The Unbanked: Evidence from Indonesia
AbstractTo analyze the prospects for expanding financial access to the poor, bank professionals assessed 1,438 households in six provinces in Indonesia to judge their creditworthiness. About 40 percent of poor households were judged creditworthy according to the criteria of Indonesia's largest microfinance bank, but fewer than 10 percent had recently borrowed from a microbank or formal lender. Possessing collateral appeared as a minor determinant of creditworthiness, in keeping with microfinance innovations. Although these households were judged able to service loans reliably, most desired small loans. Calculations show that the bank, given its current fee structure and banking practices, would lose money when lending at the scales desired. So, while innovations have helped to extend financial access, it remains difficult to lend in small amounts and cover costs. Copyright The Author 2008. Published by Oxford University Press on behalf of the International Bank for Reconstruction and Development / the world bank . All rights reserved. For permissions, please e-mail: email@example.com, Oxford University Press.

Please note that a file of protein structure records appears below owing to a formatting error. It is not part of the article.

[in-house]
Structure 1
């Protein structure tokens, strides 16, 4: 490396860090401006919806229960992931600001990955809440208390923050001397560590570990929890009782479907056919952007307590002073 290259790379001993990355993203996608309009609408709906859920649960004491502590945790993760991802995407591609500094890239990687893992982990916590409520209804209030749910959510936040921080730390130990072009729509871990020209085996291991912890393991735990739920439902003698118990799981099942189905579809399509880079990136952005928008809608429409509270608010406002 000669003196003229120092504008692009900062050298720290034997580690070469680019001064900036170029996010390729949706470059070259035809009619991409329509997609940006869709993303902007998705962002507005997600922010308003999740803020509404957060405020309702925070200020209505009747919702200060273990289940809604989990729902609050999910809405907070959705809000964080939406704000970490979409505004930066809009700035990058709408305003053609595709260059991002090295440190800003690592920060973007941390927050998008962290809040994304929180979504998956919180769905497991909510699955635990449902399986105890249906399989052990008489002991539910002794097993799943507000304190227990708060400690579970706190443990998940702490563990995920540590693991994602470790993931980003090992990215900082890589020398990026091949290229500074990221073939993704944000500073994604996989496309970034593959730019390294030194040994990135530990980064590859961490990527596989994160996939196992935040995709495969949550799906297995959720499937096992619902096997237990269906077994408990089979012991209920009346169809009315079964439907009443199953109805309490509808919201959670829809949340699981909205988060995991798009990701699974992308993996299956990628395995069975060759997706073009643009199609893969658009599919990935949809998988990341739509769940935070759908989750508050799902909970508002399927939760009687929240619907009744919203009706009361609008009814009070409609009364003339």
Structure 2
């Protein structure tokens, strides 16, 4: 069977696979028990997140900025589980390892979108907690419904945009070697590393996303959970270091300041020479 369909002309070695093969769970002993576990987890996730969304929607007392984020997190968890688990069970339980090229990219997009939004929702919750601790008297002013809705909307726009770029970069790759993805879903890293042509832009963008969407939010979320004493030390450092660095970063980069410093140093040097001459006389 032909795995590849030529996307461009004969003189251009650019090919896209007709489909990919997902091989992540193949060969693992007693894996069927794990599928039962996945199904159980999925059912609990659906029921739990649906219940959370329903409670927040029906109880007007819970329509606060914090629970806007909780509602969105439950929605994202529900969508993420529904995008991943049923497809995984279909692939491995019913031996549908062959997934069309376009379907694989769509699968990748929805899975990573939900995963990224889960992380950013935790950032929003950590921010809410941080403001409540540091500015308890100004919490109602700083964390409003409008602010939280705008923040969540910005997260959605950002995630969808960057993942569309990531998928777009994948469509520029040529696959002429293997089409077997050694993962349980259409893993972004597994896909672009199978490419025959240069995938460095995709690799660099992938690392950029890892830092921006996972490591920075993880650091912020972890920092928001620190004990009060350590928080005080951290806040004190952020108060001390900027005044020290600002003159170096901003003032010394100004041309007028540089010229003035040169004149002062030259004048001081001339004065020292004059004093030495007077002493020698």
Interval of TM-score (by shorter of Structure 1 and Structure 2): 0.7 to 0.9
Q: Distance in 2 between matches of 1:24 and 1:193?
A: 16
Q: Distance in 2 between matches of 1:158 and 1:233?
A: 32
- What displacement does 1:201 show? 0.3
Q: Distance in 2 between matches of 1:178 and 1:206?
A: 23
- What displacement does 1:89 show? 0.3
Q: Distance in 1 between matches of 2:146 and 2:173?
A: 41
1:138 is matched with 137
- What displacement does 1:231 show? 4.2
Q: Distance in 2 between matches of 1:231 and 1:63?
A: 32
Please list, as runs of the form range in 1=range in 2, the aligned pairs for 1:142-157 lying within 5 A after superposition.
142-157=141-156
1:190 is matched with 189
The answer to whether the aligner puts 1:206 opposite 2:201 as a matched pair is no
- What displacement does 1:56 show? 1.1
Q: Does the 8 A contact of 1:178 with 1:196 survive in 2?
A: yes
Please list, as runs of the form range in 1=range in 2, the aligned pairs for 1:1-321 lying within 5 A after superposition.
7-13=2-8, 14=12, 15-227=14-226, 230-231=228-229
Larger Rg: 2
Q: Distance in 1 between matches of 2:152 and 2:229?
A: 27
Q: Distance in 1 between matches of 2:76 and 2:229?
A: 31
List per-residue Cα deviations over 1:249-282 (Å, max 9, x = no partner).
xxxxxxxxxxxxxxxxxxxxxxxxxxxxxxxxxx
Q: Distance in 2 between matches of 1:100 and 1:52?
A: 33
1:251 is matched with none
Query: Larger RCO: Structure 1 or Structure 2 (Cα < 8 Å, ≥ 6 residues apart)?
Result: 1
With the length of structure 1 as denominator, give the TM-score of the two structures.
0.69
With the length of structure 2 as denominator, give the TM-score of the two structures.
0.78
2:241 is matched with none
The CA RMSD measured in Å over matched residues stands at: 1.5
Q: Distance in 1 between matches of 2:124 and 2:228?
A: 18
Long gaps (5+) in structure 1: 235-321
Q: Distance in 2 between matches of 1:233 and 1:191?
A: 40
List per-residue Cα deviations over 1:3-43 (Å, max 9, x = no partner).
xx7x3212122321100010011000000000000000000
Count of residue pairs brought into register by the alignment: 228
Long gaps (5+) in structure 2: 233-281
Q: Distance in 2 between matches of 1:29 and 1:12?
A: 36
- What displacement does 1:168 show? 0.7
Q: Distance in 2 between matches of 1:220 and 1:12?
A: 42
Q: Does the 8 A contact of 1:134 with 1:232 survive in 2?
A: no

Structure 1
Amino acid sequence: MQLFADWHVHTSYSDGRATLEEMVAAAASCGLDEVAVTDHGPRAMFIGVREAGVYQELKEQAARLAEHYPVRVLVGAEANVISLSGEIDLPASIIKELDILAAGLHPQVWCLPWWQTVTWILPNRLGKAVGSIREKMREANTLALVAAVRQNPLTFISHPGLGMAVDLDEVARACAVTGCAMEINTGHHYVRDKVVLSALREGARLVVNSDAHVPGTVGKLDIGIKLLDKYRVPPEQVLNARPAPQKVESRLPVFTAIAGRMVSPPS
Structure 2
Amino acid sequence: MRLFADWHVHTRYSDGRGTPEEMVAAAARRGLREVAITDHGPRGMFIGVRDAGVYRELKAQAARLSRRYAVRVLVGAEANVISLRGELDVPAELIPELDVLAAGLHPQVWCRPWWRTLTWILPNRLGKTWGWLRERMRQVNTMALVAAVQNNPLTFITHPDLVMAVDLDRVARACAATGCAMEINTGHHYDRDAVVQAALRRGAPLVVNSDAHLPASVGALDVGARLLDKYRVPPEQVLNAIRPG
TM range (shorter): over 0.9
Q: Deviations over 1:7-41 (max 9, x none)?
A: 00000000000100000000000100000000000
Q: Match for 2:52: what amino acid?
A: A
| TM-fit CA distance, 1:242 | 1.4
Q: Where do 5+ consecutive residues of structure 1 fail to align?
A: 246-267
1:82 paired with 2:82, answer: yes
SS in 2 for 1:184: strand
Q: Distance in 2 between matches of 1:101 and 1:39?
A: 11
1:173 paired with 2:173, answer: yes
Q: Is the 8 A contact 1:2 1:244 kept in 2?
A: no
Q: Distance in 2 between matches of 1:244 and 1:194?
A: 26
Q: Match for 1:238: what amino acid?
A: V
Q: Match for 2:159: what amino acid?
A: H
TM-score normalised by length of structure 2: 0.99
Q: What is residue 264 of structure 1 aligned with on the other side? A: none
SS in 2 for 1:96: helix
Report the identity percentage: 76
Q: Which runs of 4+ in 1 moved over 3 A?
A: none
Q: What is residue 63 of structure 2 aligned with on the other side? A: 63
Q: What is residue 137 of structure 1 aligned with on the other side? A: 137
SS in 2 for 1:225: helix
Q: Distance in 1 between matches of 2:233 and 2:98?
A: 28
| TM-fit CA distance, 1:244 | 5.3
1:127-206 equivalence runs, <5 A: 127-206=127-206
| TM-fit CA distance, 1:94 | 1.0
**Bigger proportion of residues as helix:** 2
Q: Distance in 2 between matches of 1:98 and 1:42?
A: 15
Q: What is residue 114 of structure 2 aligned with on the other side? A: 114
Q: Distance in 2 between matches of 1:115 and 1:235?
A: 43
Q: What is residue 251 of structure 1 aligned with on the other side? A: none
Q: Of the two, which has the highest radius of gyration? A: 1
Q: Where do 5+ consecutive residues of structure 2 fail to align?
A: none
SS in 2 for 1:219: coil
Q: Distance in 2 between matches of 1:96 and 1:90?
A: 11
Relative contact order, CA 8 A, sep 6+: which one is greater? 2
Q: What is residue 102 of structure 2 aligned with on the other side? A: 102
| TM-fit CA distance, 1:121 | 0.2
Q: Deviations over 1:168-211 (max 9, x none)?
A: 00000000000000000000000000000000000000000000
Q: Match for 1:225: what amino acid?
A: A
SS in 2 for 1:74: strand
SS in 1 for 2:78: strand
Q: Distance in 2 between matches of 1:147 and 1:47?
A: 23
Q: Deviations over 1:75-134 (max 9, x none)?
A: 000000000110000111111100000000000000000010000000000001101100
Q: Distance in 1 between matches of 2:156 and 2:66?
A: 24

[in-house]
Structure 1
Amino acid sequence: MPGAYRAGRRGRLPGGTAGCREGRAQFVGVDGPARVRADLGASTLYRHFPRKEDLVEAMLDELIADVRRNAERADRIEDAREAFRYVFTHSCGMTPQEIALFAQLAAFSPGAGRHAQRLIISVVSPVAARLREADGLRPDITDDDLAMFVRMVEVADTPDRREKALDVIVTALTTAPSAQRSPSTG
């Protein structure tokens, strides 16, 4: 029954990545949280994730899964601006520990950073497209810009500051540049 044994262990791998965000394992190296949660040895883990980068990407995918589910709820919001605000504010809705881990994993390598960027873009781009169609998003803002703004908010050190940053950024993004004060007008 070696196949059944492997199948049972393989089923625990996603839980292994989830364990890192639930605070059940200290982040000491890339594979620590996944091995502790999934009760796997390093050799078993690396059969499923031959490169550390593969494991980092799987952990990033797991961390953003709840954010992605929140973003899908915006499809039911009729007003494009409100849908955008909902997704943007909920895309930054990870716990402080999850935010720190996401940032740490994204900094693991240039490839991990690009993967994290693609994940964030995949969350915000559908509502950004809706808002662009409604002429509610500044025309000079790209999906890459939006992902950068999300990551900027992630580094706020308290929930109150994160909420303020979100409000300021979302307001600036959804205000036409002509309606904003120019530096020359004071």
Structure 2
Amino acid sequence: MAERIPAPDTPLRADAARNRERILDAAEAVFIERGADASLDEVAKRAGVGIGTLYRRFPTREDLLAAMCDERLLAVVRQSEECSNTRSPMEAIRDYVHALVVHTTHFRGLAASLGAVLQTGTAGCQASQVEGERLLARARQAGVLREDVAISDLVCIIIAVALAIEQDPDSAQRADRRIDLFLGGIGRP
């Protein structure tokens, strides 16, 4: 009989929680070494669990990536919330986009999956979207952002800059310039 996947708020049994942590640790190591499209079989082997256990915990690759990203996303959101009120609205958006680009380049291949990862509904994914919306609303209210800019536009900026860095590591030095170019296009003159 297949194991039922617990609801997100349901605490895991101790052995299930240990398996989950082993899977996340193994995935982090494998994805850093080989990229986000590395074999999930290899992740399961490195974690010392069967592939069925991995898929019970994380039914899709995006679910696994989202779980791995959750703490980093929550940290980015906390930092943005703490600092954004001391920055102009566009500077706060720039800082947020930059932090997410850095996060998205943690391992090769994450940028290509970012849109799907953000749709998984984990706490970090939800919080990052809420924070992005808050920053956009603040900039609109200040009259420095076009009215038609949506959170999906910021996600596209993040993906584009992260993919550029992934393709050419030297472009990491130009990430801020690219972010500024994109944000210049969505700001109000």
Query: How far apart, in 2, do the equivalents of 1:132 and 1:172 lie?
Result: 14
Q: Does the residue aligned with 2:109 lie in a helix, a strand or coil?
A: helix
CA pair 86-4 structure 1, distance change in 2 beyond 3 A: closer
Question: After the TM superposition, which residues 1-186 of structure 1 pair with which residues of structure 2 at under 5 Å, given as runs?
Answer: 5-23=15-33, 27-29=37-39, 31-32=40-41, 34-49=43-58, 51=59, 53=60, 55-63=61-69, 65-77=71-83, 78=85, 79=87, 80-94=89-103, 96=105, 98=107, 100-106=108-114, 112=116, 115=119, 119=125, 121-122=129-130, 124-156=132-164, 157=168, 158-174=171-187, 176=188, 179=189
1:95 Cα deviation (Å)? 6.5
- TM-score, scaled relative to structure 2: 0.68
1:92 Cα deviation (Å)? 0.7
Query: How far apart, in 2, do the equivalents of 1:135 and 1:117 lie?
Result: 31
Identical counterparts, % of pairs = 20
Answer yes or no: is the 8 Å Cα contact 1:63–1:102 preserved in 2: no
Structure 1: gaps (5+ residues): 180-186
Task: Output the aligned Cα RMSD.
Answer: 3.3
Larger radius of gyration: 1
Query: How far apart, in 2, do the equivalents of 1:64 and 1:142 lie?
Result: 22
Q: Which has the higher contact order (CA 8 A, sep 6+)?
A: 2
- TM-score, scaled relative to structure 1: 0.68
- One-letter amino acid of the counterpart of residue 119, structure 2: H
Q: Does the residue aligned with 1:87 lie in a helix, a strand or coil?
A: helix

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Bibliographic InfoArticle provided by World Bank Group in its journal The World Bank Economic Review.
Volume (Year): 22 (2008)
Issue (Month): 3 (October)
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- M.A. Akudugu, 2011. "Rural banks' financial capital and livelihoods development of women farmers in Ghana," Journal of Enterprising Communities: People and Places in the Global Economy, Emerald Group Publishing, vol. 5(2), pages 248-264, September.
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